Their influences lie in the songs of Appalachia, gospel music and punk vivacity. Their "olde tyme" poster art and aesthetic adds to their appeal and individuality, while their snarling stage presence defines their image. It is refreshing to find a band that has established its own new aesthetic based on traditional sources.

Broken Hymns, Limbs and Skin truly takes the listener into a different time and different mindset. The feel of Appalachian folk music underlying their original songs is not only anachronistic to most listeners, but haunting by nature.

Growing in prominence in several punk and alternative circles, O'Death has shared stages with Beat Circus, Death Vessel, Humanwine, Hoots & Hellmouth and Takka Takka. They recently embarked on a 34-date tour in support of Broken Hymns, Limbs and Skin.

If you are in the mood for something frantic, something passionate, something unusual and disturbing, or something that compels you on a gut level to get up, dance, and break things, you should listen to O'Death. There is not a single weak track on this album. Listen for it on SUNY Potsdam's radio station, WAIH "The Way" 90.3FM in the coming weeks.

"Non-required" anthology provides reading solution for overworked college students

As printed in the 11/7 issue of The Racquette.

With ever-increasing course-loads and time dedicated to busy social calendars, the last thing a college student has time to do is read for fun. College culture is limited to short snippets-Youtube videos, RSS feeds, and blogs are often chosen for their amusement factor and brevity. For those who love literature but often find themselves distracted and pressed for time, The Best American Non-required Reading 2008 offers an apt solution.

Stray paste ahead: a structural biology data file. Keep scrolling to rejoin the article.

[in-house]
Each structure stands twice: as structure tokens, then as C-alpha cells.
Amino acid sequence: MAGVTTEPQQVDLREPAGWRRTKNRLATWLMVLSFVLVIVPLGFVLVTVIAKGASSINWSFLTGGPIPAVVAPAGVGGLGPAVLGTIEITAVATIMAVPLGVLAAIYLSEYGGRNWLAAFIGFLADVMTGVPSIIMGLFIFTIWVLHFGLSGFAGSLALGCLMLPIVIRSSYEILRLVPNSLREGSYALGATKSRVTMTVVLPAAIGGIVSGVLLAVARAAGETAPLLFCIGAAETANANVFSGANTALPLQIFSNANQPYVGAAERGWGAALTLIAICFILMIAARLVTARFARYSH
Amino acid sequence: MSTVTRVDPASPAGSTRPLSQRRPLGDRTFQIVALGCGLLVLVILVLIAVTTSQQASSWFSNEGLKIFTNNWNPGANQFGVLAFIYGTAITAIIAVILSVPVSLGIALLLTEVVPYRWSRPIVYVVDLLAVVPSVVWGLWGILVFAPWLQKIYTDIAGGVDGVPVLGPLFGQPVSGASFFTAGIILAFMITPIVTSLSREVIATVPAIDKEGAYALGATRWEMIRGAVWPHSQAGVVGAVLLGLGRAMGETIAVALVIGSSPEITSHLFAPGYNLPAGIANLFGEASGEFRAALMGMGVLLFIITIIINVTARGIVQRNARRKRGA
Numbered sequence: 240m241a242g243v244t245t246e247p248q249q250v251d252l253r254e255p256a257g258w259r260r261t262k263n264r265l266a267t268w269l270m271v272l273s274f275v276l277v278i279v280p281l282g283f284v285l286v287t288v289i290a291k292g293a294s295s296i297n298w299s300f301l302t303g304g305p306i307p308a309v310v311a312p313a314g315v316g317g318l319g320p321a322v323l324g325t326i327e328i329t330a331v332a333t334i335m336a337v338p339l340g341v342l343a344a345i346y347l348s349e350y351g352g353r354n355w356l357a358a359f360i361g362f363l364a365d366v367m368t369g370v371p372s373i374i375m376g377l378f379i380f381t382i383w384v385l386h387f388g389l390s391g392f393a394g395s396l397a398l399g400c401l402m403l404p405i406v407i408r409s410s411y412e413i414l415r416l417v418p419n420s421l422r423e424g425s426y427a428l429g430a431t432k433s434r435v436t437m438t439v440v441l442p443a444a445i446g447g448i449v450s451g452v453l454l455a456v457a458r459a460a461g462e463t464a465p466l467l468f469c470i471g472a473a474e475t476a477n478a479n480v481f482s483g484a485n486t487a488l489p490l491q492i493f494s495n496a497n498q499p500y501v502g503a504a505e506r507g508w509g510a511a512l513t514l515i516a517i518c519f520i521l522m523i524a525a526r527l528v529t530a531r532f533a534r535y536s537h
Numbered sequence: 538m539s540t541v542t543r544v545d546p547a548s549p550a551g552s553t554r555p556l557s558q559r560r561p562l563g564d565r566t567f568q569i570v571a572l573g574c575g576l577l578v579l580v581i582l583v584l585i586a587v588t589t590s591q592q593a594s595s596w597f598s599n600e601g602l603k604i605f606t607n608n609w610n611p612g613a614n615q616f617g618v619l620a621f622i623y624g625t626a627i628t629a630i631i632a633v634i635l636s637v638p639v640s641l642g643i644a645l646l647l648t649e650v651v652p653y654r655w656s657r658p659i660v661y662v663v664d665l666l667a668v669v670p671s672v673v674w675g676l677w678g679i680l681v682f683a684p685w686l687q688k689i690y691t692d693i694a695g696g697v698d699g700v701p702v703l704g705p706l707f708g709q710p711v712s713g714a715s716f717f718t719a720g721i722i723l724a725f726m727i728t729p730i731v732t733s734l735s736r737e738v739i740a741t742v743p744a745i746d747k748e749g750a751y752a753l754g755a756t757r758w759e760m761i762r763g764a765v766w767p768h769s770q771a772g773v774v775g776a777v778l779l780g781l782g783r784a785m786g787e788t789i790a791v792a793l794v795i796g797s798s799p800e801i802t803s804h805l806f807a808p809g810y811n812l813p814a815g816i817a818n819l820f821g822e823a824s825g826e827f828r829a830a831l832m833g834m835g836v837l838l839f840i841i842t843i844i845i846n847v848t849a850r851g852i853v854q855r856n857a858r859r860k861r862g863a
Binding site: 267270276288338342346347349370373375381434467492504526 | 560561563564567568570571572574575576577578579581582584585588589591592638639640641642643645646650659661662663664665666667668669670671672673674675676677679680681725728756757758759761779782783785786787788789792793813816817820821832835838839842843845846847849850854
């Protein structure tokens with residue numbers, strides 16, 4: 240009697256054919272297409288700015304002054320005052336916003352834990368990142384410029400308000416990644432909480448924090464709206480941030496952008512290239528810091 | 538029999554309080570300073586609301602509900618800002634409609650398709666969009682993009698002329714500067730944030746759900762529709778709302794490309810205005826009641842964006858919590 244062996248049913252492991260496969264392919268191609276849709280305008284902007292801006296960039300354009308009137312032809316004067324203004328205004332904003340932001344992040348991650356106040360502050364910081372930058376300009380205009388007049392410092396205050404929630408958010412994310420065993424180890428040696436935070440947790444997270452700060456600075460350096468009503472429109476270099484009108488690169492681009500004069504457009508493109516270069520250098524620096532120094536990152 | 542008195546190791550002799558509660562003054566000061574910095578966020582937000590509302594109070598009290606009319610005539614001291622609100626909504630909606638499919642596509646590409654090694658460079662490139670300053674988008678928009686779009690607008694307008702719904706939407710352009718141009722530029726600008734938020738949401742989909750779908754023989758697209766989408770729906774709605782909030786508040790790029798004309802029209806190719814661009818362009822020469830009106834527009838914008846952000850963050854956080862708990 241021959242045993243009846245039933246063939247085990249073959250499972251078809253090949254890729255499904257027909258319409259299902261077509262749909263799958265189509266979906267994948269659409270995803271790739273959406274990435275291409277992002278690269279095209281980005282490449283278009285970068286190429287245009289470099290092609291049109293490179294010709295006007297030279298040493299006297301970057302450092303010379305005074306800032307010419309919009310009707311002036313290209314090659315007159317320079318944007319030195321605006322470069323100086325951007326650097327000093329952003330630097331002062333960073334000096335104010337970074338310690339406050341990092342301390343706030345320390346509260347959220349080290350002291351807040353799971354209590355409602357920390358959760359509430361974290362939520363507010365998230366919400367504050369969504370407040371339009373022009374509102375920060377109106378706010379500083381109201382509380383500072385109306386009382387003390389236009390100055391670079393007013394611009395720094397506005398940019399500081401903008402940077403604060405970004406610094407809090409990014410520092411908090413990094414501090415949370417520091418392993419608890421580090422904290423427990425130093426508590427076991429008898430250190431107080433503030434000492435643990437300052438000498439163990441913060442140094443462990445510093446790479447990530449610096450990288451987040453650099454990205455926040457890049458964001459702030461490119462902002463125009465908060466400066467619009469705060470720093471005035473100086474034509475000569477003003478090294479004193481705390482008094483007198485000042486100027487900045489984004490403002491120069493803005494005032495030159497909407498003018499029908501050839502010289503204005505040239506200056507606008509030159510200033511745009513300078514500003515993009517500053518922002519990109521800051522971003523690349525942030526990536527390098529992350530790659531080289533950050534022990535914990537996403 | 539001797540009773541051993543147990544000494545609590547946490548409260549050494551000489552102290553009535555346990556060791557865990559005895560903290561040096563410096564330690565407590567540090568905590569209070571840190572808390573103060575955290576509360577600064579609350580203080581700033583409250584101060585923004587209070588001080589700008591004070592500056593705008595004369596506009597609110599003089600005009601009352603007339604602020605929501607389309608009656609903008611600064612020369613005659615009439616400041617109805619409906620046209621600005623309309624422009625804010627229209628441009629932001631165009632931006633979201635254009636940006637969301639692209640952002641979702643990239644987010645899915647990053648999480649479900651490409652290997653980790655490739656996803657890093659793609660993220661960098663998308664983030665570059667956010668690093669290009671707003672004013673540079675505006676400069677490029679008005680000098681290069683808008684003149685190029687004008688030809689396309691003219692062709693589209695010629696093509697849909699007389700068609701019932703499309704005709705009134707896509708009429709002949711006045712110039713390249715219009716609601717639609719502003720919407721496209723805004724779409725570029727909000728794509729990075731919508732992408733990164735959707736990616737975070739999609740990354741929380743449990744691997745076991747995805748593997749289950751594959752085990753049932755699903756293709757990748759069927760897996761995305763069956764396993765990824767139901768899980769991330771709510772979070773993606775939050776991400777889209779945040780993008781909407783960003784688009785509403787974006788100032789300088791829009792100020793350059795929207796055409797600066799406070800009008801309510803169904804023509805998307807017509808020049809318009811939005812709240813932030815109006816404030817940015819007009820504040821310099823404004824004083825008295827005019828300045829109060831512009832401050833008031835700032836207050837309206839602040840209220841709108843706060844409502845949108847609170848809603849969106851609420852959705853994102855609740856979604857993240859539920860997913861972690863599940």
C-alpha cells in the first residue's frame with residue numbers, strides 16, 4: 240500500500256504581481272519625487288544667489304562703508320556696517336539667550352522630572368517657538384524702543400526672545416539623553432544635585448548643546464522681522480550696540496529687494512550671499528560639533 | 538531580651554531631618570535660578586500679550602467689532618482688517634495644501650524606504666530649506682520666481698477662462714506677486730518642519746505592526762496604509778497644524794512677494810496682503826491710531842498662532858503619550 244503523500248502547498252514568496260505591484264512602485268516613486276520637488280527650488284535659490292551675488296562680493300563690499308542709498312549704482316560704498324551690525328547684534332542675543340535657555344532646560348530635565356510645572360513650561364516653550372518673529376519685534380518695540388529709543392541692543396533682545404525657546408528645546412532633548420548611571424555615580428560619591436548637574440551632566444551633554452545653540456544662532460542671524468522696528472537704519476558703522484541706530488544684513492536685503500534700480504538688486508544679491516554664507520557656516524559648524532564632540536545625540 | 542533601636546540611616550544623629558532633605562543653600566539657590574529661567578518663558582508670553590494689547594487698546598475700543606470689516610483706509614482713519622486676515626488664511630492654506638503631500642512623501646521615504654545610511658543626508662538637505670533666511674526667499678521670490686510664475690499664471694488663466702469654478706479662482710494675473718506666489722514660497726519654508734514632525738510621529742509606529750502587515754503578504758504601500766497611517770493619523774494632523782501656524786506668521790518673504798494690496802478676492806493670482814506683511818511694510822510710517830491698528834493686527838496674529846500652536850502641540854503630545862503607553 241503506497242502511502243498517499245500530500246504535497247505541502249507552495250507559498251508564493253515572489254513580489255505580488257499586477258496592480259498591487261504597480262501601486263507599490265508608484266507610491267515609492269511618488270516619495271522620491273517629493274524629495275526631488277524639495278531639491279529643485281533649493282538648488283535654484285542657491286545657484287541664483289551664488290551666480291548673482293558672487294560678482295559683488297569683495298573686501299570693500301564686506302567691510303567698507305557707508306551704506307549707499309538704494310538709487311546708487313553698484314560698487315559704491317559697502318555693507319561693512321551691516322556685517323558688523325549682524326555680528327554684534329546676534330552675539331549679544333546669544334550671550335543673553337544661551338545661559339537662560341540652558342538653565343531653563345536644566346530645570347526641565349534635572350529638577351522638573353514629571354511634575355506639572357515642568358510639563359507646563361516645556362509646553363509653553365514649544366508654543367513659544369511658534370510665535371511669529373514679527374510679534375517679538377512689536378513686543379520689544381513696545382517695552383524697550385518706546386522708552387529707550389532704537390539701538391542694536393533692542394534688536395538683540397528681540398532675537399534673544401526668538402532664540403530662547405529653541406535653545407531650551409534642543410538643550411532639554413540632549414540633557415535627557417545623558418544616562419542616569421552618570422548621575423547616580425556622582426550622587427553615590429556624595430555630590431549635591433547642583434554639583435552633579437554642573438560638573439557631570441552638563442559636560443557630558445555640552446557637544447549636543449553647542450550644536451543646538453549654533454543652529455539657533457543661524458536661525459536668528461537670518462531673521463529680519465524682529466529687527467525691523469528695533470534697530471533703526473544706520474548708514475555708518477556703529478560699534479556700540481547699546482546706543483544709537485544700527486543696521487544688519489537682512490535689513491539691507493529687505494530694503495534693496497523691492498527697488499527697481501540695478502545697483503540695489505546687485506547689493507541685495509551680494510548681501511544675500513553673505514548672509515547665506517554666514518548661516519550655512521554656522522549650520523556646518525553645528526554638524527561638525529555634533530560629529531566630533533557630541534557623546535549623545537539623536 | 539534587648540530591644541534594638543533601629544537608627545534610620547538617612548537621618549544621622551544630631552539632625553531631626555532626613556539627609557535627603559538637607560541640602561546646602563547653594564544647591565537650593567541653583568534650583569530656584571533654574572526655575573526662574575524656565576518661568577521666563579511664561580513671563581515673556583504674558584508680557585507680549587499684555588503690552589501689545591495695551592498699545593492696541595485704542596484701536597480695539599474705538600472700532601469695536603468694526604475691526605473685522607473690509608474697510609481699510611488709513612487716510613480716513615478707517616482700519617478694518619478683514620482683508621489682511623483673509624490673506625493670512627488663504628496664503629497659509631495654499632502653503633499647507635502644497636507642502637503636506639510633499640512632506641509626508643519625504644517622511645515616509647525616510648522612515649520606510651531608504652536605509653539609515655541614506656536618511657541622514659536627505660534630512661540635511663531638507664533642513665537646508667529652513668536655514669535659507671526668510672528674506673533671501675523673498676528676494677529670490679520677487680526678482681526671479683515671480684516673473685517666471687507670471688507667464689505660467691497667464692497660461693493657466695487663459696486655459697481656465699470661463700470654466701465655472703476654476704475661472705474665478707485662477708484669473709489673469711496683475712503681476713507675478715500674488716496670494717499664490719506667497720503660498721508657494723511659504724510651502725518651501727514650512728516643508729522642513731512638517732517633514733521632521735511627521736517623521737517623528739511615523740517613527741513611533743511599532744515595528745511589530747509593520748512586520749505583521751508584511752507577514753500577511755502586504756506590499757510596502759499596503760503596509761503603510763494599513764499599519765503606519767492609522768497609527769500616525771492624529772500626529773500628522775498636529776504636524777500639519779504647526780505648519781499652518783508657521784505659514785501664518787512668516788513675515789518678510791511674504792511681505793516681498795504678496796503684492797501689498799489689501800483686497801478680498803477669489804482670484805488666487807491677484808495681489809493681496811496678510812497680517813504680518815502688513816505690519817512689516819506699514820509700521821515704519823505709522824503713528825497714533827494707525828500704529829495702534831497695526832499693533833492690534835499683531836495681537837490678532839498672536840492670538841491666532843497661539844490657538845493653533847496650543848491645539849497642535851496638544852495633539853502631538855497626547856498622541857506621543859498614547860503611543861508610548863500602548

The latest installment in a series that has run since 2002, BANR is compiled by author Dave Eggers and high schoolers of the San Francisco Bay Area. They spend each year reading through respected literary journals, quarterlies and magazines, ultimately deciding on the best stories-a pile of hundreds that gets whittled down into the final published anthology.

BANR 2008 features an introduction by Judy Blume, a retrospective on Kurt Vonnegut's lifetime of writing, a piece about Bill Clinton's post-presidential life as an activist, a story on how one of the world's most renowned violinist performed unnoticed in a D.C. metro station, and several particularly jarring stories about the search for one's origins and identity.

Short fiction and short creative non-fiction, the two genres presented in this anthology, are by far the most accessible genre to college-aged students. Each story is engaging and insightful, yet still delivered in a size that hard-working college students can easily swallow. Short writing does not require a huge emotional and time commitment, but is still satisfying and amusing.

This anthology moves along at a fairly rapid pace, with very few lengthy pieces. If one piece in particular isn't appealing, it is simple to skip ahead to something more exciting. Any of the stories in it that seemed slow-moving at first eventually picked up and gained depth, eventually becoming enjoyable reads. Like previous BANR anthologies, this one has a little something for everyone.